Aircraft manufacturer Boeing has been hit with yet another setback after US authorities discovered issues with the 787-8 and 787-9 Dreamliners' wheels and braking systems.
"Certain areas in the tire/wheel zones could be susceptible to damage, which could result in loss of braking on one of the main landing gear, loss of nose wheel steering, and loss of directional control on the ground," the Federal Aviation Administration said in an advisory.
It applies to fewer than 100 Boeing Dreamliners currently in operation.
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Just two days ago the FAA ruled further changes needed to be made to Boeing's 737 MAX jets, including all that have been currently grounded and some that are still flying.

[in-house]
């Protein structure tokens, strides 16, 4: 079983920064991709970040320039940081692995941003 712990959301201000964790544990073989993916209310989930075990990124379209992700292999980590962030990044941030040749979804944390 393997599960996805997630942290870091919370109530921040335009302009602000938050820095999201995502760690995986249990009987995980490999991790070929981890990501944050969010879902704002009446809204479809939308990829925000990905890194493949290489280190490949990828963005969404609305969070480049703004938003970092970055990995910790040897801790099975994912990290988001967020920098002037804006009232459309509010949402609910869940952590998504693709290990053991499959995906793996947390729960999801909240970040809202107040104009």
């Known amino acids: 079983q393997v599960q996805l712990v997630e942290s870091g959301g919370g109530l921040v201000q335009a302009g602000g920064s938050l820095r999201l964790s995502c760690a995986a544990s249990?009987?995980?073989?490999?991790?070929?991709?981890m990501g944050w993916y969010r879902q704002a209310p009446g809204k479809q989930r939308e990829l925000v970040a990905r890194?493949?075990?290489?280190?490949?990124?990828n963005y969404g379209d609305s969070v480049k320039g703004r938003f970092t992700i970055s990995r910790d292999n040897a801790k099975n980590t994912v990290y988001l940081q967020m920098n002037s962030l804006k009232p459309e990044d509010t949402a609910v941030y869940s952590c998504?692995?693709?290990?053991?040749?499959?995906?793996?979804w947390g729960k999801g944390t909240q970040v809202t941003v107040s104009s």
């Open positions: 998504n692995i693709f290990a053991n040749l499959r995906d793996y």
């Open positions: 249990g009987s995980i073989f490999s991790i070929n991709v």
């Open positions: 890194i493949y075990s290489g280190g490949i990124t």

The grounding was put in place after two of them crashed within weeks of leaving the Boeing factory. The incidents, involving Lion Air and Ethiopian Airlines flights, killed 346 people.
The Dreamliner is operated by some of the most well-known airlines, including United, Virgin Atlantic, Qantas, Air China, Singapore Airlines and Air New Zealand.
It's not known if Air NZ, which has a fleet of 787-9s and has just invested in 787-10s, will be affected. Newshub has contacted the airline for comment.
Read the full advisory from the FAA:
Financial estimates put the cost to airlines per aircraft at approximately US$5 million (NZ$7.5 million).
In addition to the changes, airlines must conduct detailed inspections of other parts of the Dreamliner aircraft too, following reports lightning strikes had caused dangerous hydraulic leakage.